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According to American Medical Association, it is necessary that every patient must receive all the relevant information in terms they can understand and comprehend; also, the term ‘informed consent’ means that a patient’s refusal to allow a particular procedure should be respected (as cited in Guido & Watson, n. d. p. 77).
In the case of Mr. X, the patient is elderly, depressed and uncooperative. That means when the patient refused to give consent, either the patient could have been give more time and information to decide, or another person who is legally entitled to give consent could have been contacted. In the absence of all these, the nurse could have reported the matter to the supervisor instead of administering enema without consent.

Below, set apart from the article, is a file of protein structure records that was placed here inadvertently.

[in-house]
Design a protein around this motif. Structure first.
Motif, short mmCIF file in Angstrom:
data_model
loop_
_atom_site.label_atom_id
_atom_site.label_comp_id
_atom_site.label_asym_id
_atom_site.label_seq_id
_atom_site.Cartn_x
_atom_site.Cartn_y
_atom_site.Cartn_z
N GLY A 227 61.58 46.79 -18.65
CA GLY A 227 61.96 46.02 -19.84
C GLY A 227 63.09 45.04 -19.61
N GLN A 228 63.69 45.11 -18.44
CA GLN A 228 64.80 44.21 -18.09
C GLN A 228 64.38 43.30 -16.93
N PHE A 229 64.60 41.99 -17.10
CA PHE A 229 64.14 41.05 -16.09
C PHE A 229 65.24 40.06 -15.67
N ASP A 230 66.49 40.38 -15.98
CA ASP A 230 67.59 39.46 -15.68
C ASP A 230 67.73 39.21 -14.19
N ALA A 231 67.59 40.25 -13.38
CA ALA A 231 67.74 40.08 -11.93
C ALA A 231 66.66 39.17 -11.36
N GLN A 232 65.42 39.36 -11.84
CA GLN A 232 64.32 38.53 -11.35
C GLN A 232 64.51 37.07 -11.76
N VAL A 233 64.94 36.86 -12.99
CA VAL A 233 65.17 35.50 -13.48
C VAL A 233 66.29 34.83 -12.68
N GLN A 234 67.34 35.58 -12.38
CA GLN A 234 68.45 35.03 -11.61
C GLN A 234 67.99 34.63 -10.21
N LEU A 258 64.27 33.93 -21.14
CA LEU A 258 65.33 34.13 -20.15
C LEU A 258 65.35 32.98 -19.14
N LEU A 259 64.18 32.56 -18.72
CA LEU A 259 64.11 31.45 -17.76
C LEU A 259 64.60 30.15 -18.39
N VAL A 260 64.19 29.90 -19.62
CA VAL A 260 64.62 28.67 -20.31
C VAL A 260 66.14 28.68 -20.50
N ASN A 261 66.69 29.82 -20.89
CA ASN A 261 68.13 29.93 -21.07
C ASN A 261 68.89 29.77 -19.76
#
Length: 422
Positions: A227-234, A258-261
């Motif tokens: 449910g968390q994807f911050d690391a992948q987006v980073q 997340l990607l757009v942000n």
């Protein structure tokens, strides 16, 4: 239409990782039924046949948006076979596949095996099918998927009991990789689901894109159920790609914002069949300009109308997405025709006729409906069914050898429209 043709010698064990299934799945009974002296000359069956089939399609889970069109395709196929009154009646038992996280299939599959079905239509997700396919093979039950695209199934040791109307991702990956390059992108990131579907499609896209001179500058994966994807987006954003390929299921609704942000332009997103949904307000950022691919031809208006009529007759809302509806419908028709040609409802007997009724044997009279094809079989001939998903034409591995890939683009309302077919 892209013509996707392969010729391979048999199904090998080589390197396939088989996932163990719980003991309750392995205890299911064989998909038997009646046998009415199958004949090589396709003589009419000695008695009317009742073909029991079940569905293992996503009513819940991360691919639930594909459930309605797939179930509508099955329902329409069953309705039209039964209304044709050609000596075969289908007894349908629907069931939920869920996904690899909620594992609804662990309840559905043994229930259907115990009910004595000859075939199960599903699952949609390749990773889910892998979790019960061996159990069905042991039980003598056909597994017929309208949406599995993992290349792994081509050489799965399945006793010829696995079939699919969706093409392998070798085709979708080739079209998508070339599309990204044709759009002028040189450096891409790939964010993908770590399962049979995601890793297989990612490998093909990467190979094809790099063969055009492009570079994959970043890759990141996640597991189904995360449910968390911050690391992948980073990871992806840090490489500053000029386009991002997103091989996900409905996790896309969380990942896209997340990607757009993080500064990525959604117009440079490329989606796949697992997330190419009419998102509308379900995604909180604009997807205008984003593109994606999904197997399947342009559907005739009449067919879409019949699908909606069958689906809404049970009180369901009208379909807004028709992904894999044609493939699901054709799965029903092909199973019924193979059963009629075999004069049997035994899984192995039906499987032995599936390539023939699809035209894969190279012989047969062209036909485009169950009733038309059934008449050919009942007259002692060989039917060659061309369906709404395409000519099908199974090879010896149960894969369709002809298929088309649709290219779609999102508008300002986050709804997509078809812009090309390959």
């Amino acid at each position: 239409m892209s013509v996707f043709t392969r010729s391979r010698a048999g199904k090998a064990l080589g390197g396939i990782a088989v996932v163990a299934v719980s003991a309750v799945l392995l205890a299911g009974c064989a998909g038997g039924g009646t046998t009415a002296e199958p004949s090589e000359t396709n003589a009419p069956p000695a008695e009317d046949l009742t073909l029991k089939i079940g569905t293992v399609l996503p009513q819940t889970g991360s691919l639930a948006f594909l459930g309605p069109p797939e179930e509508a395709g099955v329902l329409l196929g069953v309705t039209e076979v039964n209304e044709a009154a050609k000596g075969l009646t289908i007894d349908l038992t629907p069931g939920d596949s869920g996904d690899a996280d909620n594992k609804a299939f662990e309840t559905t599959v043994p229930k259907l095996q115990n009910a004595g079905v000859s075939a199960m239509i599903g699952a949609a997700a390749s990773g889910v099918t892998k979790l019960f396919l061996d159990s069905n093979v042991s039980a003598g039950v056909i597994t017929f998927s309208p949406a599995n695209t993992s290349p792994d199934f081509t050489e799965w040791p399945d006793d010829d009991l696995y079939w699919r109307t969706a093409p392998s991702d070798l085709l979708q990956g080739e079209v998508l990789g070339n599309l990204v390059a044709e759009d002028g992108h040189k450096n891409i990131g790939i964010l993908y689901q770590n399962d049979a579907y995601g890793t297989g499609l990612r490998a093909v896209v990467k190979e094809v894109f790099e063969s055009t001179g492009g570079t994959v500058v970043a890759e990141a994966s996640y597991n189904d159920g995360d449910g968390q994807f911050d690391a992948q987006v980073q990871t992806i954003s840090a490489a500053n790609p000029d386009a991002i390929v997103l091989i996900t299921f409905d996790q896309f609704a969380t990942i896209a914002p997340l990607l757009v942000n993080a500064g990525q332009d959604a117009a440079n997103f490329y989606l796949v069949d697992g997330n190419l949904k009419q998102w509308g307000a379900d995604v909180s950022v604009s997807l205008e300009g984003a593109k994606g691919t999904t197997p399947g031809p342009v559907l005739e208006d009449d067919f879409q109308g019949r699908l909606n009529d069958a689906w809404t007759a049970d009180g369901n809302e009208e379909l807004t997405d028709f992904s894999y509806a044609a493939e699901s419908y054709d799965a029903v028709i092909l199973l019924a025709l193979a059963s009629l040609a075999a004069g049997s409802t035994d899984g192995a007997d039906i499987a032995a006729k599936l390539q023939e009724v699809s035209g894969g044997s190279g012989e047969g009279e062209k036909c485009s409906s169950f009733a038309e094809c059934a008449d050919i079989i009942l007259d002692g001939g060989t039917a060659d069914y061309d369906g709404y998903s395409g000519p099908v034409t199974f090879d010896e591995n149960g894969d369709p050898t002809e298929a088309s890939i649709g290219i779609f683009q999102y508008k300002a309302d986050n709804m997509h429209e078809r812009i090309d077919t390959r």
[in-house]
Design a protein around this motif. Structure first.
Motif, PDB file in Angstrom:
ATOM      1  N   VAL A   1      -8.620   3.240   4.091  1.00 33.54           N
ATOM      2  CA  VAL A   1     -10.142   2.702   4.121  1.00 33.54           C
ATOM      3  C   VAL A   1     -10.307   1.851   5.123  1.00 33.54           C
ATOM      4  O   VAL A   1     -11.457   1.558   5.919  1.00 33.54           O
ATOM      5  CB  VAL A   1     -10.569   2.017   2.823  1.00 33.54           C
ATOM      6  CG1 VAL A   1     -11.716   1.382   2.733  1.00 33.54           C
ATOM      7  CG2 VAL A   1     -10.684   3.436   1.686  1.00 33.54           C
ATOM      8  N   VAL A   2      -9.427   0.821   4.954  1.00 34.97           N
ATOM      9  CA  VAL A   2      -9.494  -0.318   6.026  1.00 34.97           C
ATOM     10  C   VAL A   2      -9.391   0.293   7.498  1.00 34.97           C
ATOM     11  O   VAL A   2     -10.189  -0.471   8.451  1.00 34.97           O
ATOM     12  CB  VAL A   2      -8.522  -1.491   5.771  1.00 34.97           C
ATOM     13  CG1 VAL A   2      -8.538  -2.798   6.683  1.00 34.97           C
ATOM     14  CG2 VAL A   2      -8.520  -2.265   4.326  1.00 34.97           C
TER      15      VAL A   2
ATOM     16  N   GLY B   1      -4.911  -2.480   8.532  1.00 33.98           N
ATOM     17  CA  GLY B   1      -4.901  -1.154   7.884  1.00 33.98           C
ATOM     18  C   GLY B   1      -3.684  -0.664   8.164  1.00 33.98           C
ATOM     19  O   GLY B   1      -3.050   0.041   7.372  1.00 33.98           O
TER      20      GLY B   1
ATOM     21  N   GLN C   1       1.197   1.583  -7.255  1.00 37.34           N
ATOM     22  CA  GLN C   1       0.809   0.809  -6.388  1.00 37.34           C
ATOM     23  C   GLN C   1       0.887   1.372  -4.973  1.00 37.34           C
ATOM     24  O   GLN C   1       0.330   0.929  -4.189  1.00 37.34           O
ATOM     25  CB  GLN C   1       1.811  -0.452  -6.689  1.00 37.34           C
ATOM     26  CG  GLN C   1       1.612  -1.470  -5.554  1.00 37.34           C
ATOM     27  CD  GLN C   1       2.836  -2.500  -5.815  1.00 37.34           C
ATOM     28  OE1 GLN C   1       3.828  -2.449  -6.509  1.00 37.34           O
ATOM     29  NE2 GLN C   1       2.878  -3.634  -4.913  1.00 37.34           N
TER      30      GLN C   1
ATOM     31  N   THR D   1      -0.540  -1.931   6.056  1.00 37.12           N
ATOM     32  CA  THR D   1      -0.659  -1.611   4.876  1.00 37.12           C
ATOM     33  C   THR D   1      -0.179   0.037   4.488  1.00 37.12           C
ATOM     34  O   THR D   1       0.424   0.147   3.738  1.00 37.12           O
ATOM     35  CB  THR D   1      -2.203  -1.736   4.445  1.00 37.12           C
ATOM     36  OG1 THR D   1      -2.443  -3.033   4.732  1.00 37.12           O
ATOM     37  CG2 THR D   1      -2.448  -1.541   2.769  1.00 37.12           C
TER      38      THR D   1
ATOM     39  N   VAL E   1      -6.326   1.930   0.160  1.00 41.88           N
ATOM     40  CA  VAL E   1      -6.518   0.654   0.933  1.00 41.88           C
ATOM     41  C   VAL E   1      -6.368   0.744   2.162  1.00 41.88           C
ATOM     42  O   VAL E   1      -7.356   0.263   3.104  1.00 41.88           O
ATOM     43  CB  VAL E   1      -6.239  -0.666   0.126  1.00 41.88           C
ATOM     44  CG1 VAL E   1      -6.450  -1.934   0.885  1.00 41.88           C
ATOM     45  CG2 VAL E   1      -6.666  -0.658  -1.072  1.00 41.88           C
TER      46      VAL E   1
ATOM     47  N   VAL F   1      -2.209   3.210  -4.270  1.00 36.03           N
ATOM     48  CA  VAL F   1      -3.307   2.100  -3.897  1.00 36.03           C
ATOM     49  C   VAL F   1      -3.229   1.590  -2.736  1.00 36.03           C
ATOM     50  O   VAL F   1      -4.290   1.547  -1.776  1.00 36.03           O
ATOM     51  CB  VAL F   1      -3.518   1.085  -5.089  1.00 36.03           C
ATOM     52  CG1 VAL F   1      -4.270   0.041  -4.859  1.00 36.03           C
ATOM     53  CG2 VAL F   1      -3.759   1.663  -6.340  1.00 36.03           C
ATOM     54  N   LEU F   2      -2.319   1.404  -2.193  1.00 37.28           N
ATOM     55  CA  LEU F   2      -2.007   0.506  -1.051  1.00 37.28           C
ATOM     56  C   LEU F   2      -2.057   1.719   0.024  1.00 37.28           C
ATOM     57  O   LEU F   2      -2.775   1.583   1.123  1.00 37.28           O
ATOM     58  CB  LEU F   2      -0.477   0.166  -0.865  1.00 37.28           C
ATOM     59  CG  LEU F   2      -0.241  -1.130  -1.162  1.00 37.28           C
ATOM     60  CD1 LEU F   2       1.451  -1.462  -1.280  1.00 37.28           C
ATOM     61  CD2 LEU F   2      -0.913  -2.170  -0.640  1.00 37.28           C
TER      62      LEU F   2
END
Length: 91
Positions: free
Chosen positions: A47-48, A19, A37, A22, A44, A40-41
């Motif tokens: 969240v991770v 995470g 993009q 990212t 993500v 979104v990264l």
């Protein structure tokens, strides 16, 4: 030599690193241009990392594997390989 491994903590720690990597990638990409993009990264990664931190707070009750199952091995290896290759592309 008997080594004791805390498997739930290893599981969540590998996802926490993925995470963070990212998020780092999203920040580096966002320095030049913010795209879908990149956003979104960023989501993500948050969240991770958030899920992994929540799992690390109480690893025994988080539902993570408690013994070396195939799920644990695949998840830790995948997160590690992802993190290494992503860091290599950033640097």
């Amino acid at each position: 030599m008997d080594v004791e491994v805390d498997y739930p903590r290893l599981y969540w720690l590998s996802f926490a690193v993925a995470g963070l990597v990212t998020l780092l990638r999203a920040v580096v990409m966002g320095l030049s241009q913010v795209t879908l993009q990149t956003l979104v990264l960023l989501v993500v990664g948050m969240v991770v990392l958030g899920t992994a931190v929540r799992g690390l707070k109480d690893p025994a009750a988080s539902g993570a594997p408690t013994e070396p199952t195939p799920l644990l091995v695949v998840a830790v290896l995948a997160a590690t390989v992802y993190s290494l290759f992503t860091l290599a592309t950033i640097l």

In this particular case, the nurse has gently turned the patient in his bed and administered enema. This happened despite the patient’s repeated claim that he did not want an enema then. Thus, the nurse has committed a tort that comes under intentional torts. Intentional torts are the torts that violate the rights of the patient. Some people possess the misconception that a tort becomes intentional tort only when it results in actual harm. However, the reality is that a tort is there when a patient’s rights are violated.
According to Croke (2003), there are three forms of intentional torts. They are assault, battery, and false imprisonment. The term ‘assault’ can be defined as a threat of being touched in an offensive, insulting, or physically injurious manner. ‘Battery’ is actually touching a person or the person’s property without consent; and examples of battery include even forcing a patient to ambulate against his or her wish and restraining a patient without permission to implement a procedure (Croke, 2003, p. 54).
Admittedly, in the given case, the said Mr. X was not willing to allow enema at that time. In such an eventuality, it is necessary for the ...